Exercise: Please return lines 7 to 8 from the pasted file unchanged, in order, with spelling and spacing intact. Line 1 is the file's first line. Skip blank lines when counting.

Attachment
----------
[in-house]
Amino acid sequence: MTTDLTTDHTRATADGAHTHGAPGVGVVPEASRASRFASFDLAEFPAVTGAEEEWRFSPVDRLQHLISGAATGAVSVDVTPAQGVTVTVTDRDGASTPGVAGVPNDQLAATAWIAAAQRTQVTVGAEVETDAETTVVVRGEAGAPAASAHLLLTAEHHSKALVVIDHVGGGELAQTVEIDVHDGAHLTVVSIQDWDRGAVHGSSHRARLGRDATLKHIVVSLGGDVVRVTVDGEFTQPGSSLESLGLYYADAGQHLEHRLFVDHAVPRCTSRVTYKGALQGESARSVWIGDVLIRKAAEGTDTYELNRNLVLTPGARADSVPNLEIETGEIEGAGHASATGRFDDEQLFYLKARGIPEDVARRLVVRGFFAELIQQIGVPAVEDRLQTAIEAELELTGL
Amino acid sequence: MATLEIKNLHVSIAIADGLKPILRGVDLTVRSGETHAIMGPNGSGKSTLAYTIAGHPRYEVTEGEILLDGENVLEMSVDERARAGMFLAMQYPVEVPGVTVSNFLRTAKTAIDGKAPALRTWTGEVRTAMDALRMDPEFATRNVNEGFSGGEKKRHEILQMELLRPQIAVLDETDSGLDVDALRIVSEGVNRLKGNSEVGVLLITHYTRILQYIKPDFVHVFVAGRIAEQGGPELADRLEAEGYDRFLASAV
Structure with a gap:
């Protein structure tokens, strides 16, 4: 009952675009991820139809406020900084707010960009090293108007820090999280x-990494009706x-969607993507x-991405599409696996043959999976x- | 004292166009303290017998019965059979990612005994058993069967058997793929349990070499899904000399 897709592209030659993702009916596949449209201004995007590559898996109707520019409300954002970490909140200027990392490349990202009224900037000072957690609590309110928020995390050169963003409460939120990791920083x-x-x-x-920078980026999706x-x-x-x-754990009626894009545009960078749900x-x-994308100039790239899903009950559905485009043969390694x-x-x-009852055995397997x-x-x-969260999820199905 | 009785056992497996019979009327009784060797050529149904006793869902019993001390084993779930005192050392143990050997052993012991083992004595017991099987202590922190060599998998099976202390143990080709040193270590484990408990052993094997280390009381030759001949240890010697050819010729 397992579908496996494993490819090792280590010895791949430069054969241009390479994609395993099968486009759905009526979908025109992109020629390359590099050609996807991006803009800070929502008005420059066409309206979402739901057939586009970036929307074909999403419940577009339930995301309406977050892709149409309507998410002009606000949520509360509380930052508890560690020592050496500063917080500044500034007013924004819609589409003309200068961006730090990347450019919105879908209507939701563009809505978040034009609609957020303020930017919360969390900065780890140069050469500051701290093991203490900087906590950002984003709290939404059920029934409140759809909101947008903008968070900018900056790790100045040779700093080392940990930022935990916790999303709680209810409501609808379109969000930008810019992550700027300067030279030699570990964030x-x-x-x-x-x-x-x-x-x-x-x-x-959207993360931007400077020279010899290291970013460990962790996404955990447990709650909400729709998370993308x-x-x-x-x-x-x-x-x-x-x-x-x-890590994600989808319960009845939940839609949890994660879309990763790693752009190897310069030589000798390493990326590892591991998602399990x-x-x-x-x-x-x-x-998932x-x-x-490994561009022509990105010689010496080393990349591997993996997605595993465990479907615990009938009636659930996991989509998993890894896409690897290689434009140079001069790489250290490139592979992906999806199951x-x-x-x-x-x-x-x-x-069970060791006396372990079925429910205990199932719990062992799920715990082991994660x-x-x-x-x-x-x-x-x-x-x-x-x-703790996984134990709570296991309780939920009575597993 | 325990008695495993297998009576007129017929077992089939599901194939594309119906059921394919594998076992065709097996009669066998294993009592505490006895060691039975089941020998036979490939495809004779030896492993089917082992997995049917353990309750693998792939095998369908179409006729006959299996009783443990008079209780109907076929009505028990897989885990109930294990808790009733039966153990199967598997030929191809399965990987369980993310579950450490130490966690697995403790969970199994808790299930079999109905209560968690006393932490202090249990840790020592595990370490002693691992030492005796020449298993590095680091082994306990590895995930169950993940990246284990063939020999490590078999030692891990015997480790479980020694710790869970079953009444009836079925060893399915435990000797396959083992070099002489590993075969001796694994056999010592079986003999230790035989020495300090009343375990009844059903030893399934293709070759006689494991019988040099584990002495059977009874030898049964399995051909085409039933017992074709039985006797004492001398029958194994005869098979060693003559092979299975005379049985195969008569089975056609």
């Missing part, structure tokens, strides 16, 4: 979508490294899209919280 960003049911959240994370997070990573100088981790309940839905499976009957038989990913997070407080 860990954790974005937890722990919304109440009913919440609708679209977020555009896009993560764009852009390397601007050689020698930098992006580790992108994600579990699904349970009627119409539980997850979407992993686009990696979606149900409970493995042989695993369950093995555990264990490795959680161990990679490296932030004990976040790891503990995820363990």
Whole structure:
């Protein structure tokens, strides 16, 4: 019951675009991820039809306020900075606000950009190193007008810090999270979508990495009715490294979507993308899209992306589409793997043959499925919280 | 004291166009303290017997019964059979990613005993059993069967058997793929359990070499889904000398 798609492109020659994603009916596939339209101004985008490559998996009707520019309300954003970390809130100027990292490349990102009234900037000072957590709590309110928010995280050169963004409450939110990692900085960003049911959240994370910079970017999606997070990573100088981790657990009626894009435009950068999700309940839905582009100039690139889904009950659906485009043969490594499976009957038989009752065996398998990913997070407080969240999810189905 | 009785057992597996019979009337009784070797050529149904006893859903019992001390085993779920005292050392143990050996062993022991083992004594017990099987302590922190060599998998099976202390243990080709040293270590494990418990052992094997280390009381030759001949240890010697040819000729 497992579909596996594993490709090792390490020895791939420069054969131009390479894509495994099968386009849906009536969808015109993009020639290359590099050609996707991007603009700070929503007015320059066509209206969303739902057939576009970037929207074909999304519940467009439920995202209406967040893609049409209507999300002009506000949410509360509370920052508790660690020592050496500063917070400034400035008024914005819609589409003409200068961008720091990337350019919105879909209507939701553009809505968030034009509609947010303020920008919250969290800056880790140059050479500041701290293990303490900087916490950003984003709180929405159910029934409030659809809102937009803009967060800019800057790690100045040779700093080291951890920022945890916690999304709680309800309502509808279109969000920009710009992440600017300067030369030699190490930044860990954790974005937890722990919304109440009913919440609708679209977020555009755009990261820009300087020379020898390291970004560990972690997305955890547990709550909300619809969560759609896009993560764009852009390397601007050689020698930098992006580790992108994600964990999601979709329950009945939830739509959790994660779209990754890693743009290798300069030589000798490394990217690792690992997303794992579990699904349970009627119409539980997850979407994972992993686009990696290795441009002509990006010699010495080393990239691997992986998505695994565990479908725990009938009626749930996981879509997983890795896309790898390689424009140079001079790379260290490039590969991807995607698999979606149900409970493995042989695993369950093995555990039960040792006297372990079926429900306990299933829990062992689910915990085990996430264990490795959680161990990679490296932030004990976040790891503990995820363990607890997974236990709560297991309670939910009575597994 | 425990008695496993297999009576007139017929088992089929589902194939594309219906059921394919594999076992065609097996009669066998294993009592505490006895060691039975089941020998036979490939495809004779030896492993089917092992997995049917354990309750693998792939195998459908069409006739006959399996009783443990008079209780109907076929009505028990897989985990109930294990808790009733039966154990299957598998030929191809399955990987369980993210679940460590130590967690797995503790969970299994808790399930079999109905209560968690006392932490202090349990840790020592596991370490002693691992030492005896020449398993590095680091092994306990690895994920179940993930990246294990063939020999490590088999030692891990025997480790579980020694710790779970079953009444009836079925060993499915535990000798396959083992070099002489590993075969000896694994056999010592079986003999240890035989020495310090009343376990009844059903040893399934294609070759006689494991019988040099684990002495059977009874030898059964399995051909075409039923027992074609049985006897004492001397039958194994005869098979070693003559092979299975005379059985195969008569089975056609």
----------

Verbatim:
Whole structure:
């Protein structure tokens, strides 16, 4: 019951675009991820039809306020900075606000950009190193007008810090999270979508990495009715490294979507993308899209992306589409793997043959499925919280 | 004291166009303290017997019964059979990613005993059993069967058997793929359990070499889904000398 798609492109020659994603009916596939339209101004985008490559998996009707520019309300954003970390809130100027990292490349990102009234900037000072957590709590309110928010995280050169963004409450939110990692900085960003049911959240994370910079970017999606997070990573100088981790657990009626894009435009950068999700309940839905582009100039690139889904009950659906485009043969490594499976009957038989009752065996398998990913997070407080969240999810189905 | 009785057992597996019979009337009784070797050529149904006893859903019992001390085993779920005292050392143990050996062993022991083992004594017990099987302590922190060599998998099976202390243990080709040293270590494990418990052992094997280390009381030759001949240890010697040819000729 497992579909596996594993490709090792390490020895791939420069054969131009390479894509495994099968386009849906009536969808015109993009020639290359590099050609996707991007603009700070929503007015320059066509209206969303739902057939576009970037929207074909999304519940467009439920995202209406967040893609049409209507999300002009506000949410509360509370920052508790660690020592050496500063917070400034400035008024914005819609589409003409200068961008720091990337350019919105879909209507939701553009809505968030034009509609947010303020920008919250969290800056880790140059050479500041701290293990303490900087916490950003984003709180929405159910029934409030659809809102937009803009967060800019800057790690100045040779700093080291951890920022945890916690999304709680309800309502509808279109969000920009710009992440600017300067030369030699190490930044860990954790974005937890722990919304109440009913919440609708679209977020555009755009990261820009300087020379020898390291970004560990972690997305955890547990709550909300619809969560759609896009993560764009852009390397601007050689020698930098992006580790992108994600964990999601979709329950009945939830739509959790994660779209990754890693743009290798300069030589000798490394990217690792690992997303794992579990699904349970009627119409539980997850979407994972992993686009990696290795441009002509990006010699010495080393990239691997992986998505695994565990479908725990009938009626749930996981879509997983890795896309790898390689424009140079001079790379260290490039590969991807995607698999979606149900409970493995042989695993369950093995555990039960040792006297372990079926429900306990299933829990062992689910915990085990996430264990490795959680161990990679490296932030004990976040790891503990995820363990607890997974236990709560297991309670939910009575597994 | 425990008695496993297999009576007139017929088992089929589902194939594309219906059921394919594999076992065609097996009669066998294993009592505490006895060691039975089941020998036979490939495809004779030896492993089917092992997995049917354990309750693998792939195998459908069409006739006959399996009783443990008079209780109907076929009505028990897989985990109930294990808790009733039966154990299957598998030929191809399955990987369980993210679940460590130590967690797995503790969970299994808790399930079999109905209560968690006392932490202090349990840790020592596991370490002693691992030492005896020449398993590095680091092994306990690895994920179940993930990246294990063939020999490590088999030692891990025997480790579980020694710790779970079953009444009836079925060993499915535990000798396959083992070099002489590993075969000896694994056999010592079986003999240890035989020495310090009343376990009844059903040893399934294609070759006689494991019988040099684990002495059977009874030898059964399995051909075409039923027992074609049985006897004492001397039958194994005869098979070693003559092979299975005379059985195969008569089975056609």